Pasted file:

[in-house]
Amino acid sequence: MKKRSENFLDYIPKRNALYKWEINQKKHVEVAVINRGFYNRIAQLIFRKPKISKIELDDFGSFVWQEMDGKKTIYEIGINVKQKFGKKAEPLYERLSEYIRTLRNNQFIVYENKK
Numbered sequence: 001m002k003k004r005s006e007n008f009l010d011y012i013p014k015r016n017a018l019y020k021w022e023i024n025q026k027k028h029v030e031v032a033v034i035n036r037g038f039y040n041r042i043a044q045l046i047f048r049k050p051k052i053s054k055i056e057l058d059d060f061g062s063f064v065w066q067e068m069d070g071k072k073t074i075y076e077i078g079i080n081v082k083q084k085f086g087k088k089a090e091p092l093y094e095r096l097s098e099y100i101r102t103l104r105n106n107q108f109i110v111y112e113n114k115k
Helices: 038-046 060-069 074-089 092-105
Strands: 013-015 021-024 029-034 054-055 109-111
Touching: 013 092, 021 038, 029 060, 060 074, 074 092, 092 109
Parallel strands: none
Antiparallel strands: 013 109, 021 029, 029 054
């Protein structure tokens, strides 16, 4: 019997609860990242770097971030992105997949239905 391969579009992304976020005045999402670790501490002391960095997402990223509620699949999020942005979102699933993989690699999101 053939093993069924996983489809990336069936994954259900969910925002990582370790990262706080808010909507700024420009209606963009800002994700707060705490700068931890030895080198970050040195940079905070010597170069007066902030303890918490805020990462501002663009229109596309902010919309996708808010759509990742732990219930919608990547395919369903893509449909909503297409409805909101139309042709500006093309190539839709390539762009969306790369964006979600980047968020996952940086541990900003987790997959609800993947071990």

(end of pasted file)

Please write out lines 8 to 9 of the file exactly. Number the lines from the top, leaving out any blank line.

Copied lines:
Antiparallel strands: 013 109, 021 029, 029 054
């Protein structure tokens, strides 16, 4: 019997609860990242770097971030992105997949239905 391969579009992304976020005045999402670790501490002391960095997402990223509620699949999020942005979102699933993989690699999101 053939093993069924996983489809990336069936994954259900969910925002990582370790990262706080808010909507700024420009209606963009800002994700707060705490700068931890030895080198970050040195940079905070010597170069007066902030303890918490805020990462501002663009229109596309902010919309996708808010759509990742732990219930919608990547395919369903893509449909909503297409409805909101139309042709500006093309190539839709390539762009969306790369964006979600980047968020996952940086541990900003987790997959609800993947071990």